Fourteen permits for small wireless facilities have been issued so far by the City of Rockville, mainly on city-owned streetlight poles, which will be replaced and reinstalled to match existing poles.

For more information, visit RockvilleReports.com and search for “small cell.”

Urban Land Institute Delivers Report with Town Center Recommendations

A panel of experts from the Urban Land Institute who conducted an intensive two-day study of Rockville Town Center in July has delivered a 42-page report detailing their recommendations on ways to strengthen the vitality of the 200-acre downtown area.

In the report, panelists grouped their analysis and recommendations into four categories: contextualizing Rockville; retail strategy and design; organizing stakeholders; and urgent steps and prioritization.
Among the recommendations made by the panel were: Retaining significant employers; attracting anchor uses; building density in Town Center without compromising character; strengthening relationships and connections with Montgomery College and the Montgomery County Board of Education; hiring a parking consultant; and redesigning both East Middle Lane and North Washington Street to make them friendlier to pedestrians, bikers, drivers and others.

View the report at bit.ly/ULIreport2019.

Technical Assistance Panels — or TAPs — are part of the ULI advisory program, in which several panelists from varying backgrounds and areas of expertise collaborate to tour the study area, conduct interviews, review material provided by staff, conduct their own research, and work on recommendations related to land use and economic development. The Town Center TAP included experts on planning, urban design, retail, real estate, economic development and downtown management.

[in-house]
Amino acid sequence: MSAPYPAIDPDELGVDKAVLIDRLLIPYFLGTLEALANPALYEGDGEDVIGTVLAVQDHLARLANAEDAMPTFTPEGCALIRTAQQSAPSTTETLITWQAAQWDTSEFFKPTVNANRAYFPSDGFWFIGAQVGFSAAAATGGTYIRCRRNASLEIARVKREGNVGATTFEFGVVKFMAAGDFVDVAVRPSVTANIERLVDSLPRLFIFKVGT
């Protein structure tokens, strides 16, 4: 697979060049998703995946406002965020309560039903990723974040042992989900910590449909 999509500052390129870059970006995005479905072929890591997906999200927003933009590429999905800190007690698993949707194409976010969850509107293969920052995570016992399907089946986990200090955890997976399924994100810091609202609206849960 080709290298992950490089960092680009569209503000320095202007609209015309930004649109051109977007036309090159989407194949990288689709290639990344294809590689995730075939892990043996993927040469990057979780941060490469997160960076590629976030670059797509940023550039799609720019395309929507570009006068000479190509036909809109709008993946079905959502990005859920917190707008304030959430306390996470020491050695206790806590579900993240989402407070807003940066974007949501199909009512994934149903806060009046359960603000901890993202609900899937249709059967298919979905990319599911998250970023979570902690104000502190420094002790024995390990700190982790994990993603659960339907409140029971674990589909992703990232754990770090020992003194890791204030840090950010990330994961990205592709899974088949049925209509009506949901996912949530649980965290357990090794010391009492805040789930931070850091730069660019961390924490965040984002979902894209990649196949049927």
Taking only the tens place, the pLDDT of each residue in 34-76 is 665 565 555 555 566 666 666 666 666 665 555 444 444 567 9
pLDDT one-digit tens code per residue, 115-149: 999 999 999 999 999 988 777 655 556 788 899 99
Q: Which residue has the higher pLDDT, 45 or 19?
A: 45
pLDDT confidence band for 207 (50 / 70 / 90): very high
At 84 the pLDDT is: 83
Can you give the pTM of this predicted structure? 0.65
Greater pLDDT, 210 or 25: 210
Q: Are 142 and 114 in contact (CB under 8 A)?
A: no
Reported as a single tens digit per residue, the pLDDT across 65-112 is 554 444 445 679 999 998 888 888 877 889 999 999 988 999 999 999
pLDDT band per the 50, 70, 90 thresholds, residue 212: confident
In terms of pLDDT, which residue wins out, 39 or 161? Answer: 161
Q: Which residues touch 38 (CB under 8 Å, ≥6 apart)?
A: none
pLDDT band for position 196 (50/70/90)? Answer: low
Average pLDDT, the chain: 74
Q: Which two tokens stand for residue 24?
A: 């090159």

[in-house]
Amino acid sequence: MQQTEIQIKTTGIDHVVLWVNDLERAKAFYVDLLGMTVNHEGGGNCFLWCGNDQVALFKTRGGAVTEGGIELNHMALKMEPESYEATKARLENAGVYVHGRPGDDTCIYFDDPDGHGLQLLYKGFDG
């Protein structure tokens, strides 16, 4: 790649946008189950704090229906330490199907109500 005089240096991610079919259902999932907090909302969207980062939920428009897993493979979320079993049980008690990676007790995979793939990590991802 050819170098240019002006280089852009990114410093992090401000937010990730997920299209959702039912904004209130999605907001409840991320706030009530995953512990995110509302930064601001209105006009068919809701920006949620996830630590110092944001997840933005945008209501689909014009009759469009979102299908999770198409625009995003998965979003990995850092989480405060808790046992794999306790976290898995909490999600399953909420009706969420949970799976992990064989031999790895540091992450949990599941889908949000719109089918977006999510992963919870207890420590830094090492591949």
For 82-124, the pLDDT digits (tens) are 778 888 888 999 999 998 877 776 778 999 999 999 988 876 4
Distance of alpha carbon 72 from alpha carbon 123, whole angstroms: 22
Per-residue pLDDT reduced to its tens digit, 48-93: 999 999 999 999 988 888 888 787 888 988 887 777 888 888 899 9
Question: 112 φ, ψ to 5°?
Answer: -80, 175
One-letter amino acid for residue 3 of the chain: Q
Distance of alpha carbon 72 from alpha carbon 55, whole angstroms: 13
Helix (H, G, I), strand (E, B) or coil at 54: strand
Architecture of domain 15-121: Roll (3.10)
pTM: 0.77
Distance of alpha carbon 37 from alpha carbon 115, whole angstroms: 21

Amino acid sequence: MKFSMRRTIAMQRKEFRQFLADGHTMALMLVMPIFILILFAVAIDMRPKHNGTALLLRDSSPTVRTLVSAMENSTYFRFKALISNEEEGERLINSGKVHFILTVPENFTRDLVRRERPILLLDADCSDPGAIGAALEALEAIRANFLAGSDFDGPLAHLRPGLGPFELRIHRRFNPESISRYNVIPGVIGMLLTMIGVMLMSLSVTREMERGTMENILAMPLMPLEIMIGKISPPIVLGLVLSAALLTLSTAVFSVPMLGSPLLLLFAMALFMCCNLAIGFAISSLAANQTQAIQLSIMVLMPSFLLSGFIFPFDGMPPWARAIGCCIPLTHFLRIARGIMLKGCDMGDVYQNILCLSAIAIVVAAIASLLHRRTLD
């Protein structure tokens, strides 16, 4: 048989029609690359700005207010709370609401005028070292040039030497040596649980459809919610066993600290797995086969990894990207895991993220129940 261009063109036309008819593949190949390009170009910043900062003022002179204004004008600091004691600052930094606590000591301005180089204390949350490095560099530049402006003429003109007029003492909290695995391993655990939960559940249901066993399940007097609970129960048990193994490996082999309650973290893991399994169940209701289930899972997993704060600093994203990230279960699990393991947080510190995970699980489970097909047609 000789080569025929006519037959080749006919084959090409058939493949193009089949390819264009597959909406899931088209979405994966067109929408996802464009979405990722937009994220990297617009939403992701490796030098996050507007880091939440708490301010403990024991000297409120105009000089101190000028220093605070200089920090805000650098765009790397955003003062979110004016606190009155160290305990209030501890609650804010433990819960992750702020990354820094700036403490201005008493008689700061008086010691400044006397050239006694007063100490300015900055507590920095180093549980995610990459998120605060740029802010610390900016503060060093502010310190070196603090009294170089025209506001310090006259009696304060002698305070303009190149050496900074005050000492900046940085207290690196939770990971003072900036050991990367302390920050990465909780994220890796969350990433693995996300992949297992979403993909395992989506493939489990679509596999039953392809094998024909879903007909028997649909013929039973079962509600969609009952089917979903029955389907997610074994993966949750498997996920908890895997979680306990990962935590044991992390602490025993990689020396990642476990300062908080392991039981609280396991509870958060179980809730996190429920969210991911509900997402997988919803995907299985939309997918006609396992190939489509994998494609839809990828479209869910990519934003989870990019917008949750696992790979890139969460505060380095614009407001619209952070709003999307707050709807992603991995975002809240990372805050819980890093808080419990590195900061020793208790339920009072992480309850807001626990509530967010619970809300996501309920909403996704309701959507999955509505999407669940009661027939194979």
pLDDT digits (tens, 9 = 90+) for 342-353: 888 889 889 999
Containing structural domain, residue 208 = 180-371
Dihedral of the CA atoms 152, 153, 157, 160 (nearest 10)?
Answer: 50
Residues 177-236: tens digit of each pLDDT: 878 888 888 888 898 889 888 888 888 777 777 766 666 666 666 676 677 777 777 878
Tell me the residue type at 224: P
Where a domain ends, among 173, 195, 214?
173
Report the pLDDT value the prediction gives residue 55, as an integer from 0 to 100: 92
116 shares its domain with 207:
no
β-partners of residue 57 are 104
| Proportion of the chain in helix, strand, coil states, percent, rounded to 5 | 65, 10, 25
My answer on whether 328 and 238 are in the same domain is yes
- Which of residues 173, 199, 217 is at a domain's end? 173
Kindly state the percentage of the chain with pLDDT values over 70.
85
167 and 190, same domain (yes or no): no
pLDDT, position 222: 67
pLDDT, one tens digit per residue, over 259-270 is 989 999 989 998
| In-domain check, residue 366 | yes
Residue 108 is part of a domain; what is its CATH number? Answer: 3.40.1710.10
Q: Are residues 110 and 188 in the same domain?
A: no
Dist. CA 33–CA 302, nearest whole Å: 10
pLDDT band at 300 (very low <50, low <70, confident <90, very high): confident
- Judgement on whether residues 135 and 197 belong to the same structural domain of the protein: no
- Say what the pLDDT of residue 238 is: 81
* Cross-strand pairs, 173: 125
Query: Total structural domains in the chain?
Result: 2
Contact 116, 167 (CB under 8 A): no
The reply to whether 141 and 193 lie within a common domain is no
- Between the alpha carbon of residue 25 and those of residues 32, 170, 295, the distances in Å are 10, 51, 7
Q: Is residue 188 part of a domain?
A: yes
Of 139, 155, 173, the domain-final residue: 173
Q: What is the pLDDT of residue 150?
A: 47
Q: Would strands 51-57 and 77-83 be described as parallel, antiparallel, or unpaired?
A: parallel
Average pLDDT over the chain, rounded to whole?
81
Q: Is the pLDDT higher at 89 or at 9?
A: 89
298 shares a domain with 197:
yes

Rockville Town Center comprises about 200 acres of the city, generally bounded by properties along Fleet Street to the south, South and North Washington streets along the west, and the railroad tracks to the east.

Learn more about the ULI TAP process at washington.uli.org/TAPs.

Funding Approved by Transportation Planning Board Will Help Improve Stonestreet Avenue

The National Capital Region Transportation Planning Board at the Metropolitan Washington Council of Governments has approved $280,000 to help improve pedestrian and bicycle connections to the Rockville Metro Station.

The grant, which comes from the Transportation Alternatives Program and was approved in July, will fund the design of street and sidewalk improvements along Park Road (between North Stonestreet Avenue and South Stonestreet Avenue) and North Stonestreet Avenue (between Park Road and Lincoln Avenue).

Improvements will include wider sidewalks, a new intersection alignment and bike lanes. The project is based on recommendations in the recently completed Stonestreet Corridor Study, which featured extensive public outreach.

The planning board approved funding for four projects in Maryland, including Rockville’s, that will receive $688,232 in funding through the Transportation Alternatives Program.

From more on regional transportation projects that will receive funding, visit bit.ly/TAP2019Funding.

Funding Approved by Transportation Planning Board Will Help Improve Stonestreet Avenue

The National Capital Region Transportation Planning Board at the Metropolitan Washington Council of Governments has approved $280,000 to help improve pedestrian and bicycle connections to the Rockville Metro Station.

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Urban Land Institute Panel Delivers Recommendations on Strengthening the Vitality of Town Center

An intensive two-day study of Town Center, recently conducted by an expert technical assistance panel (or TAP) from the Urban Land Institute, led to a presentation to the community of several recommendations and actionable items on ways to strengthen the vitality of Rockville’s Town Center.

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Accessory Buildings Revisions Head to Public Hearing

The Mayor and Council will hold a public hearing, Monday, July 15, on text amendments to the city’s zoning ordinance that govern accessory buildings — detached structures such as garages or sheds that are located in the rear yards of residential lots.

The Mayor and Council are considering more flexibility in the size of accessory buildings for single-family homes.

To testify, call 240-314-8280 by 4 p.m. the day of the hearing or by submitting testimony in writing to cityclerk@rockvillemd.gov or City Clerk/Director of Council Operations, City Hall, 111 Maryland Ave., Rockville, MD 20850.